Black Boy

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Shorty Character Analysis

The elevator operator in Richard’s building in Memphis (where he works at the second optometry shop), Shorty is willing to participate in racial prejudice in order to gain small amounts of change from white elevator-riders. Although Richard criticizes Shorty for this, Shorty says only that he needs the money and doesn’t mind making fun of himself.

Shorty Quotes in Black Boy

The Black Boy quotes below are all either spoken by Shorty or refer to Shorty. For each quote, you can also see the other characters and themes related to it (each theme is indicated by its own dot and icon, like this one:
Racism Theme Icon
). Note: all page and citation info for the quotes below refers to the Harper Perennial edition of Black Boy published in 2015.
Chapter 12 Quotes

How in God’s name can you do that?
I needed a quarter, and I got it.
But a quarter can’t pay you for what he did to you.
. . . My ass is tough and quarters is scarce.

Related Characters: Richard Wright (speaker), Shorty (speaker)
Page Number: 261
Explanation and Analysis:

Richard realizes that many in Memphis do whatever they can do make their way in a city that is still staunchly segregated according to occupation. Shorty runs the elevator in the office where Richard works, at an optician's shop, and Shorty is willing to behave in a manner that whites view as stereotypically African American in order to receive a small tip. Richard considers this an abominable thing, even though earlier, and to a lesser degree, Richard has acknowledged that there were ways he showed deference to those in Jackson in order to survive, and not to "make waves" among whites in the community.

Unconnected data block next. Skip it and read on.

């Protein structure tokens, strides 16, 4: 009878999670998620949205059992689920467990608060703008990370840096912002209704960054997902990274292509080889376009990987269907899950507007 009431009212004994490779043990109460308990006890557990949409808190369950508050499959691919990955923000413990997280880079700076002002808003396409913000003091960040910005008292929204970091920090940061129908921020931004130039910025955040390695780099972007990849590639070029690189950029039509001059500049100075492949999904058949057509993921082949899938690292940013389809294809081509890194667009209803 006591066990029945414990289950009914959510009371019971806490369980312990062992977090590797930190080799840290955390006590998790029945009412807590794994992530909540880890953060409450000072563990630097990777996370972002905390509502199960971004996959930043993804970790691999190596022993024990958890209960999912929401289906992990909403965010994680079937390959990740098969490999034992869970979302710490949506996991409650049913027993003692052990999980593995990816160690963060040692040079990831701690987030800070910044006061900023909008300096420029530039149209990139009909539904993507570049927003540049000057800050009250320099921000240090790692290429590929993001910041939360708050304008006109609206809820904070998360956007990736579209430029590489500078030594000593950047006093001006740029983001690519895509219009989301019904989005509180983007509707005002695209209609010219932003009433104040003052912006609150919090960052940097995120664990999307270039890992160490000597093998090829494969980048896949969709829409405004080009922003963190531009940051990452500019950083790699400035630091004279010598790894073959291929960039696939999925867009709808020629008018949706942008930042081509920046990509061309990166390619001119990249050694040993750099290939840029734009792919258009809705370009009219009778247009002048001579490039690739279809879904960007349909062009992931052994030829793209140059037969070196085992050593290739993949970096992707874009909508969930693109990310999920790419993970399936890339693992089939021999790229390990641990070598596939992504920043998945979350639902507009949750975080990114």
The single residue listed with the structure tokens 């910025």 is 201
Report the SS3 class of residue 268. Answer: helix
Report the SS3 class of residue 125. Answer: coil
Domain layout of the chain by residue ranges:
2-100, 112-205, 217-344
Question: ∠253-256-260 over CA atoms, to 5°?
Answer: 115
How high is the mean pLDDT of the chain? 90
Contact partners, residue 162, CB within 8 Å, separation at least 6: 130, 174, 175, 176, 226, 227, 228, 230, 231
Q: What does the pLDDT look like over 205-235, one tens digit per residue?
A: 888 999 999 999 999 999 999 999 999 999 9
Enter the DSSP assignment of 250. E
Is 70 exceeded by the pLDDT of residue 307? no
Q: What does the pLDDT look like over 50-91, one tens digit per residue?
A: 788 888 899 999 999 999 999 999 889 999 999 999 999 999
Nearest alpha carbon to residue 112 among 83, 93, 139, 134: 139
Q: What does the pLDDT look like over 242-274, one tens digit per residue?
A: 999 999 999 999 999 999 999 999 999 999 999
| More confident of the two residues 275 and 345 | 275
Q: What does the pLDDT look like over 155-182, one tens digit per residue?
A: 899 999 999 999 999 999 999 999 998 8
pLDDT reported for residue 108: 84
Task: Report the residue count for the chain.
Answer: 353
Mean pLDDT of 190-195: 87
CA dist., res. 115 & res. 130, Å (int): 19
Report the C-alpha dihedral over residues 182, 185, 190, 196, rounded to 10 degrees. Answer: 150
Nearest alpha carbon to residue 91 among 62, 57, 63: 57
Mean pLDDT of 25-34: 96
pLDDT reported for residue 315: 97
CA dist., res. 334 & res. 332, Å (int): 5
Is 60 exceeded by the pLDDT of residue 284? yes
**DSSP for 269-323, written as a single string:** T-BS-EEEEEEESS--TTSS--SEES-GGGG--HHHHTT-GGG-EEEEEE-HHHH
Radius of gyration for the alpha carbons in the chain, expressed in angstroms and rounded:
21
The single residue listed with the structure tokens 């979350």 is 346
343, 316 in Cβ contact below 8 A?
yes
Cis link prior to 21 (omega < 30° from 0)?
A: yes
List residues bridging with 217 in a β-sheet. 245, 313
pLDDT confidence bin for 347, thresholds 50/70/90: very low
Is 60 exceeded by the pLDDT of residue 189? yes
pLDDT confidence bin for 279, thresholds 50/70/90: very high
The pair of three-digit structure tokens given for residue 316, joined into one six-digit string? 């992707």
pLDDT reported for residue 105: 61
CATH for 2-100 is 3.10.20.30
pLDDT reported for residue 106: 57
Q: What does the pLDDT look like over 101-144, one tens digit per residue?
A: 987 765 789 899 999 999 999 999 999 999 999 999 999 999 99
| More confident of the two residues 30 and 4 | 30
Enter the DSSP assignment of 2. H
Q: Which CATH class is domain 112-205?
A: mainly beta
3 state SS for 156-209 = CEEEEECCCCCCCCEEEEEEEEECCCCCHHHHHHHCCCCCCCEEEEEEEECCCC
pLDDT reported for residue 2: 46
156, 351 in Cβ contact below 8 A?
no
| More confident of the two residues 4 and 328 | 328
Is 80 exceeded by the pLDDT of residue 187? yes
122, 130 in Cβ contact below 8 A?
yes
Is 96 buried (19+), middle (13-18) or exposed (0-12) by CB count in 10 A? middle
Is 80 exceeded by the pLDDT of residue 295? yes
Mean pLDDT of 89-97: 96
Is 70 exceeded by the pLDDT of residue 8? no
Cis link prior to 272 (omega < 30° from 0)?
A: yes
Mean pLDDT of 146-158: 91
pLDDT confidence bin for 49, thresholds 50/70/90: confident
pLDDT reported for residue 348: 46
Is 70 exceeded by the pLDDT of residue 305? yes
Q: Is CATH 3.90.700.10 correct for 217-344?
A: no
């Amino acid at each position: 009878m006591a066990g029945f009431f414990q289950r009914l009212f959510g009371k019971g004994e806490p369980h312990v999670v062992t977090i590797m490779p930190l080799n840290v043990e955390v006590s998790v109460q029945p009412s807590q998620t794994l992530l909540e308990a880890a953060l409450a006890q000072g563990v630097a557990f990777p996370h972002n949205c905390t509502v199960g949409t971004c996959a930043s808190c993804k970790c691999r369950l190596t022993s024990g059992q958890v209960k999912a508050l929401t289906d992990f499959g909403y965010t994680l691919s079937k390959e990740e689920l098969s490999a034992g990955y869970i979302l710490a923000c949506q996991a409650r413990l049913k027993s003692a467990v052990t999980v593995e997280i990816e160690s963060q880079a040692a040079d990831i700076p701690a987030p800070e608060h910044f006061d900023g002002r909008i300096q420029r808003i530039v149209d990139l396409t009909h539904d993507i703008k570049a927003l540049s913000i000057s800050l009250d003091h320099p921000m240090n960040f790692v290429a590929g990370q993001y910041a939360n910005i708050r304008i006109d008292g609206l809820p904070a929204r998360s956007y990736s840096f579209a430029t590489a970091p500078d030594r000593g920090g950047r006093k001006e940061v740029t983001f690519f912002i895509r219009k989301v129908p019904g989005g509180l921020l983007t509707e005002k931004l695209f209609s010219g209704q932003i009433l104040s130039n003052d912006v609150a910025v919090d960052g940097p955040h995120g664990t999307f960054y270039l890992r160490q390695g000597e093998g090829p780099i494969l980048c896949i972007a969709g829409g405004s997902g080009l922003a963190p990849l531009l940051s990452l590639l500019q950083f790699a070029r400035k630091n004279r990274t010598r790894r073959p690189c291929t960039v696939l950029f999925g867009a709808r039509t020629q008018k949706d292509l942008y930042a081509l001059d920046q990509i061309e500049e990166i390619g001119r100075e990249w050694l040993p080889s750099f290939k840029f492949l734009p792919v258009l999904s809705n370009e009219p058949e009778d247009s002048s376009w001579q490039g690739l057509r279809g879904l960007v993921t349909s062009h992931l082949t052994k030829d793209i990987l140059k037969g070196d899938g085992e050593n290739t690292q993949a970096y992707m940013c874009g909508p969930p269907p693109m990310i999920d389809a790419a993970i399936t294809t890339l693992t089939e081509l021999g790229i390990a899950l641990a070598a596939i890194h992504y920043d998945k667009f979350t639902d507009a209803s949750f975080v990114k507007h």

But at this point, Richard has vowed that he will be true to the principles of education and racial justice that have caused him to seek out life in the North - with Memphis as a way-station to Chicago. Thus, Richard is not willing to live as Shorty does in order to survive. 

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Shorty Character Timeline in Black Boy

The timeline below shows where the character Shorty appears in Black Boy. The colored dots and icons indicate which themes are associated with that appearance.
Chapter 12
Racism Theme Icon
Hunger, Illness, and Suffering Theme Icon
Society and the Individual Theme Icon
...Memphis African American men and women in appeasing the white people for whom they work. Shorty, the elevator man in Richard’s building—and a squat, comical fellow—often makes himself into a racial... (full context)
Racism Theme Icon
Hunger, Illness, and Suffering Theme Icon
Christianity and “Being Saved” Theme Icon
Society and the Individual Theme Icon
Richard becomes friends with Shorty and other African American men who work in the building in service occupations, and learns... (full context)
Chapter 13
Racism Theme Icon
Hunger, Illness, and Suffering Theme Icon
Christianity and “Being Saved” Theme Icon
Reading and Writing Theme Icon
Society and the Individual Theme Icon
...He realizes that he will not be able to be deferential to white authority, like Shorty, nor will he survive forever in a “business” context with whites, whose power Richard resents... (full context)
Chapter 14
Racism Theme Icon
Movement and Dislocation Theme Icon
Hunger, Illness, and Suffering Theme Icon
Christianity and “Being Saved” Theme Icon
Reading and Writing Theme Icon
Society and the Individual Theme Icon
...he is moving north to be with his mother, who also wants to move there. Shorty says a rather bitter goodbye to Richard, wondering if he, too, could ever leave the... (full context)